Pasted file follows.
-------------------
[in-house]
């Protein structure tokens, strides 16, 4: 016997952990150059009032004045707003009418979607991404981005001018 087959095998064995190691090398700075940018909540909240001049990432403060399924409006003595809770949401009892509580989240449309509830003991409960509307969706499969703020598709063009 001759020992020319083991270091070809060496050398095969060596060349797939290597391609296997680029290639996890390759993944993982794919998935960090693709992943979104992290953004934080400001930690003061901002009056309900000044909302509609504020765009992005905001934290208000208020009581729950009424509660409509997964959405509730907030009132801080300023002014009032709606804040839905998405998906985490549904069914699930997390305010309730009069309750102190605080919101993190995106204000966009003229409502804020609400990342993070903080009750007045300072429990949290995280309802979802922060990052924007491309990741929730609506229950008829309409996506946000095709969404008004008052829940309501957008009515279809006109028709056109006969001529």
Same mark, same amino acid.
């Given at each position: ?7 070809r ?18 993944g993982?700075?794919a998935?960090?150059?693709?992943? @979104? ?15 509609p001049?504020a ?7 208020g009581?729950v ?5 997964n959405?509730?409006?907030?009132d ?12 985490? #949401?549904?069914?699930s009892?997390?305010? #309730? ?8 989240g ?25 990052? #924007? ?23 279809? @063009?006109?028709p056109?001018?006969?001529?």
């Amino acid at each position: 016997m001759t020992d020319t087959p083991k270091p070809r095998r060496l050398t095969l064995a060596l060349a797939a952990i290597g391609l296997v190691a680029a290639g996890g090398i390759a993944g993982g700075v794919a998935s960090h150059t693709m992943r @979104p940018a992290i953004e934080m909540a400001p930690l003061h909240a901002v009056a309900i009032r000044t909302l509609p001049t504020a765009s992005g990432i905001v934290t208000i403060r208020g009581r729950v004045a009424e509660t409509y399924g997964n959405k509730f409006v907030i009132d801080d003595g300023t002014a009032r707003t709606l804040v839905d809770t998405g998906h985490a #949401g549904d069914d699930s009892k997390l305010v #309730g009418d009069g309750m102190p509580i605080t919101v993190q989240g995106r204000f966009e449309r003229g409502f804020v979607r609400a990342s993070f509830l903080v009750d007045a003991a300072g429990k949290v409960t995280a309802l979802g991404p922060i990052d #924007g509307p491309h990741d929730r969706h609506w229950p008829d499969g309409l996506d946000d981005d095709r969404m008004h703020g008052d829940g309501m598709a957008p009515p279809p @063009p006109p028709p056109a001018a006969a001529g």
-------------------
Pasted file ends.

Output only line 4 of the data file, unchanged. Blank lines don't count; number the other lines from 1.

């Given at each position: ?7 070809r ?18 993944g993982?700075?794919a998935?960090?150059?693709?992943? @979104? ?15 509609p001049?504020a ?7 208020g009581?729950v ?5 997964n959405?509730?409006?907030?009132d ?12 985490? #949401?549904?069914?699930s009892?997390?305010? #309730? ?8 989240g ?25 990052? #924007? ?23 279809? @063009?006109?028709p056109?001018?006969?001529?």